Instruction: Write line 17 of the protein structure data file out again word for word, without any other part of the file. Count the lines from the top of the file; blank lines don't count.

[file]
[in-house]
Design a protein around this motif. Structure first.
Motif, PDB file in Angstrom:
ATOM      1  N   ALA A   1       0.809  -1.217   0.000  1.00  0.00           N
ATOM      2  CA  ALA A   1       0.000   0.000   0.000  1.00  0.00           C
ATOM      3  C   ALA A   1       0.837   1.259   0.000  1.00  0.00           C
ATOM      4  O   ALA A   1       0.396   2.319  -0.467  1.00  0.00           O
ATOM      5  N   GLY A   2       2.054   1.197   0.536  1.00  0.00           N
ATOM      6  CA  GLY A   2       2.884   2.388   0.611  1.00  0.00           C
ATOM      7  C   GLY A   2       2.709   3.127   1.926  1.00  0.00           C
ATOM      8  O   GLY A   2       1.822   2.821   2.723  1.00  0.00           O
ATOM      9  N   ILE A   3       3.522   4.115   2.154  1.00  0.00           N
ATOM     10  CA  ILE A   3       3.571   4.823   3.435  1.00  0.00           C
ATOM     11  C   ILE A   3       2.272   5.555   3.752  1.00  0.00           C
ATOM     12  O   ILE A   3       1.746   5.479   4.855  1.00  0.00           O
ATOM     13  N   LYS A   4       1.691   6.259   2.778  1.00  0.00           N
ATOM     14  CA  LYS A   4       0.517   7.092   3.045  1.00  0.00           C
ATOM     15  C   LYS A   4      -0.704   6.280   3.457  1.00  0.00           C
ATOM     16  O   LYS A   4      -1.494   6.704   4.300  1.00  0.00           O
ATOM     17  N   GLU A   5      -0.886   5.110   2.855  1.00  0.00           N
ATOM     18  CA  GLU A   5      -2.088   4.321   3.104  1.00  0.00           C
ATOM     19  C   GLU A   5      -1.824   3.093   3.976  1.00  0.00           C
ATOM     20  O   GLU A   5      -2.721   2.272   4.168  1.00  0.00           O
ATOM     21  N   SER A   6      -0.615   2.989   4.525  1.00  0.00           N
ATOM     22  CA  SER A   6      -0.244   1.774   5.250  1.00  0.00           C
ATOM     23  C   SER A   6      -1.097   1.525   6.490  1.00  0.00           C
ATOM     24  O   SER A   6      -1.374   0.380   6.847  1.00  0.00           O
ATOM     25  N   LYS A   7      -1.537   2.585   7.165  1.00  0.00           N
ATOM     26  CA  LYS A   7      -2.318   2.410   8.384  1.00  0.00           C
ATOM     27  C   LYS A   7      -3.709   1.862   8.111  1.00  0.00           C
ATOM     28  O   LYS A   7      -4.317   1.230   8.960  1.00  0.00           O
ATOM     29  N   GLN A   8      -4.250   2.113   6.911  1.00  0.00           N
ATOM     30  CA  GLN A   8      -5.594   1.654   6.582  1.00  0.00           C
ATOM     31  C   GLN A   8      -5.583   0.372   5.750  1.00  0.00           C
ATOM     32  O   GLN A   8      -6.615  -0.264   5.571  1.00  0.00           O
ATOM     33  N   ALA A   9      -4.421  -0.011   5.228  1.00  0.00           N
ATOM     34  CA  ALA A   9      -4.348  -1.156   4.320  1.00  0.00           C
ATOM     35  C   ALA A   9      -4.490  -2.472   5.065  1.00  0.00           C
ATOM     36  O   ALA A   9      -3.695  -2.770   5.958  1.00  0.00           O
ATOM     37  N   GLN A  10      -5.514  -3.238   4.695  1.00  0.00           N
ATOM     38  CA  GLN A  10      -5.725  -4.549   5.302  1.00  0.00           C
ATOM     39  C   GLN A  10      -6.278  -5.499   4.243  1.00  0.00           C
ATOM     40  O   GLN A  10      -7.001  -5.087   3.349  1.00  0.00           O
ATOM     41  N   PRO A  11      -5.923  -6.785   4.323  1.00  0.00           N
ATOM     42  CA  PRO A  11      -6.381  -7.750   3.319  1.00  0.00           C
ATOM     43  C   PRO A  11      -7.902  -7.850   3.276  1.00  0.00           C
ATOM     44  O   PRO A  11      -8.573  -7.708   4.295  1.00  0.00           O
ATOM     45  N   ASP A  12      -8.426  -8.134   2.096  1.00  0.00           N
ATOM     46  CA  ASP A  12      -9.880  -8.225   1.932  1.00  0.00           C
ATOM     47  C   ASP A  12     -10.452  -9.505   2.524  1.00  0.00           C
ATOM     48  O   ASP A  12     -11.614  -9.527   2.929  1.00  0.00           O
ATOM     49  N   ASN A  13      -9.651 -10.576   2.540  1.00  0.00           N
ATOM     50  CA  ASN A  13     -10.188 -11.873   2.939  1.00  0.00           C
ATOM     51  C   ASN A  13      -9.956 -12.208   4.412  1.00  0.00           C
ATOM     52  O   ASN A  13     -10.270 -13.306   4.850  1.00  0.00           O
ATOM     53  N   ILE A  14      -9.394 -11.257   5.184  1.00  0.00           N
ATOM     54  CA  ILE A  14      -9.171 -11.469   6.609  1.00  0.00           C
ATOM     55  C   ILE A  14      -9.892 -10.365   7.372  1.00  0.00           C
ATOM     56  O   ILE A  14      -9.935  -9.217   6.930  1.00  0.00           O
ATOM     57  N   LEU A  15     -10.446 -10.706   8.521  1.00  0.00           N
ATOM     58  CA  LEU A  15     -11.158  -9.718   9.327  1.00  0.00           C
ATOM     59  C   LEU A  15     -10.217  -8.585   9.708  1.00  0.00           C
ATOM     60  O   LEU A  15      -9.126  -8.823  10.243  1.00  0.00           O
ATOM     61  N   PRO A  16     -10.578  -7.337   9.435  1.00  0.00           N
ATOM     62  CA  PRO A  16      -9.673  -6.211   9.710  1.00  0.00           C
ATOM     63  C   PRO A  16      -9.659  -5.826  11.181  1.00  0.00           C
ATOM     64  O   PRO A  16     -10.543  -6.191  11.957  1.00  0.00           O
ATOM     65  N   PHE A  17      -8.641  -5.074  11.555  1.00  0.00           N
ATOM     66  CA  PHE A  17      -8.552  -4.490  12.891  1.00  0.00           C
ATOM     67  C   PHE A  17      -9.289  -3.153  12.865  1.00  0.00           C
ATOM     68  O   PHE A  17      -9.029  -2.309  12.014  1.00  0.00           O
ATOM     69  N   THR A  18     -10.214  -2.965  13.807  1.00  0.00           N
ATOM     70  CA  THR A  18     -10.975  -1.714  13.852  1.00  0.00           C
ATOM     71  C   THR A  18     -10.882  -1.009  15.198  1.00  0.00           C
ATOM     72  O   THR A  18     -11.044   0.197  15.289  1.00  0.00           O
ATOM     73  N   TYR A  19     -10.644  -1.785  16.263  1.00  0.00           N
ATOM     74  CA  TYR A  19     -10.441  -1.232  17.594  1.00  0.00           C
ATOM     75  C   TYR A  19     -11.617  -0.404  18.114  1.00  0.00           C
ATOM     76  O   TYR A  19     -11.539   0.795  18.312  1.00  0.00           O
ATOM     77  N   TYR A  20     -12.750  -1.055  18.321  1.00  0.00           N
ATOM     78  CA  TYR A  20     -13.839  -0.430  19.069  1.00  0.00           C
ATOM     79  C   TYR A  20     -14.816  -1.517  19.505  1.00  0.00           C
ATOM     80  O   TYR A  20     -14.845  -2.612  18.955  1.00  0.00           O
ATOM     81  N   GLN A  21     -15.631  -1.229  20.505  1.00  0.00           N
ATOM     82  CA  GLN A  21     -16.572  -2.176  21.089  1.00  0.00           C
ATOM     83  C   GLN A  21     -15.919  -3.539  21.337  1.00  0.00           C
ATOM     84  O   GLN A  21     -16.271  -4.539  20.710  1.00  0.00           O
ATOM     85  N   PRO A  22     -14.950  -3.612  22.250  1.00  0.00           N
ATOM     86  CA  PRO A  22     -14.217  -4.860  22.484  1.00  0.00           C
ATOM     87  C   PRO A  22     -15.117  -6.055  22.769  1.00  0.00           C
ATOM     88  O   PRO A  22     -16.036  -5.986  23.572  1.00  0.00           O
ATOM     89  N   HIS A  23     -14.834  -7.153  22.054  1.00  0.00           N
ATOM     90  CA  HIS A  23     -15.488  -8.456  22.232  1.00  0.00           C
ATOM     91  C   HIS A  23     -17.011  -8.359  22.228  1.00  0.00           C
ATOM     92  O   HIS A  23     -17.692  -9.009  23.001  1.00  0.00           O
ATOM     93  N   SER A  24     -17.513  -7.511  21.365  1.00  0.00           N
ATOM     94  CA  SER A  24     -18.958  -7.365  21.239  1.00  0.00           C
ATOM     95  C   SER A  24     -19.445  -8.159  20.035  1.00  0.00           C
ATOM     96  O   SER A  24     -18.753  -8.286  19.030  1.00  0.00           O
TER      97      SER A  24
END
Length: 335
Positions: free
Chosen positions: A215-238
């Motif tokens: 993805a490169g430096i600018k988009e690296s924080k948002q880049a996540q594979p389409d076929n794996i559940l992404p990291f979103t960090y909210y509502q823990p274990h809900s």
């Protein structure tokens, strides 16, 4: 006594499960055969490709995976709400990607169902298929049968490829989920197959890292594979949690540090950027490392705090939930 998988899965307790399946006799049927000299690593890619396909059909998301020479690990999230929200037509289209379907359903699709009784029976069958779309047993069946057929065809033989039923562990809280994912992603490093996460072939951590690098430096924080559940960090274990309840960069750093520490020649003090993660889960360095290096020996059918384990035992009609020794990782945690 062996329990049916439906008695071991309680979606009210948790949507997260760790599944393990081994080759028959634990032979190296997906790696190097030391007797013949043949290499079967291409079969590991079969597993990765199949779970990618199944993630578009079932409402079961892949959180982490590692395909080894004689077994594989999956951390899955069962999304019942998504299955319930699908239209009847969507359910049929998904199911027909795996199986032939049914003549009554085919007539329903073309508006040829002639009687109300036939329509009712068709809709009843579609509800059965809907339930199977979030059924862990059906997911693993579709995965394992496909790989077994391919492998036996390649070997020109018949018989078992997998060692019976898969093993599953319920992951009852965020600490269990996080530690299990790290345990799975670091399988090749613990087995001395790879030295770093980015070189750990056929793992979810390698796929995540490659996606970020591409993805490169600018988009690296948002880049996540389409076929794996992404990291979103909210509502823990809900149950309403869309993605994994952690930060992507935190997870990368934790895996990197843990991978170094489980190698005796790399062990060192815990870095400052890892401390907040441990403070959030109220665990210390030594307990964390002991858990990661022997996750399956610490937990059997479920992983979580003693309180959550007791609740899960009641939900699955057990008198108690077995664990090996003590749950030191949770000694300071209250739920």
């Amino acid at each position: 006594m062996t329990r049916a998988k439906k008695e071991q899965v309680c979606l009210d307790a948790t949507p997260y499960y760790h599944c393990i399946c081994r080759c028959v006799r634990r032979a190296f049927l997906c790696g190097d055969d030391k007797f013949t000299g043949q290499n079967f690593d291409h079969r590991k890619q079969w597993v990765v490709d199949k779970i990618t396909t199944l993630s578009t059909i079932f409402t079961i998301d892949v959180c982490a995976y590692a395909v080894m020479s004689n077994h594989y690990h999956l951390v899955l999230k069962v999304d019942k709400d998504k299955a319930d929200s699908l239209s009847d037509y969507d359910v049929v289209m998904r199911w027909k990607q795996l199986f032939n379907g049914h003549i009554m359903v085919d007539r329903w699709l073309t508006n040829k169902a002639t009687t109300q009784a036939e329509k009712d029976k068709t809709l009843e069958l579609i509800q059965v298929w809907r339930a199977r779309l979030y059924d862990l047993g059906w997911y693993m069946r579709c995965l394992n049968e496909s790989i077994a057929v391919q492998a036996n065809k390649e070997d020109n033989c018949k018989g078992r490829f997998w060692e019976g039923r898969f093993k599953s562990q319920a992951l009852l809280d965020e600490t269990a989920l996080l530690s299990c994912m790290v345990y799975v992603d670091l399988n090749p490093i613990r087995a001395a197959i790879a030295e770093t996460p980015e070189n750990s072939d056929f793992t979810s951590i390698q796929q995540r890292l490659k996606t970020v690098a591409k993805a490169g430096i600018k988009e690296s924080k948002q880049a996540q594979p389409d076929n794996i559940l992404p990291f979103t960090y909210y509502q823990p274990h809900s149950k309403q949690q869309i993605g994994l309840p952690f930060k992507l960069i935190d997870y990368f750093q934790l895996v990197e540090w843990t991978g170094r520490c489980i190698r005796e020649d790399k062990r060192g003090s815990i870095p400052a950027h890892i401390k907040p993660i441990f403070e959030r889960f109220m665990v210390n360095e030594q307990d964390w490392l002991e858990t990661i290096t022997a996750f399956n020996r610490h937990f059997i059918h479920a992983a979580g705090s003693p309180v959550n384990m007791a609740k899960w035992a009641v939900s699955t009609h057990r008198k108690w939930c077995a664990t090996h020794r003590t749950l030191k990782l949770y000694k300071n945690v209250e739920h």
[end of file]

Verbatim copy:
ATOM     14  CA  LYS A   4       0.517   7.092   3.045  1.00  0.00           C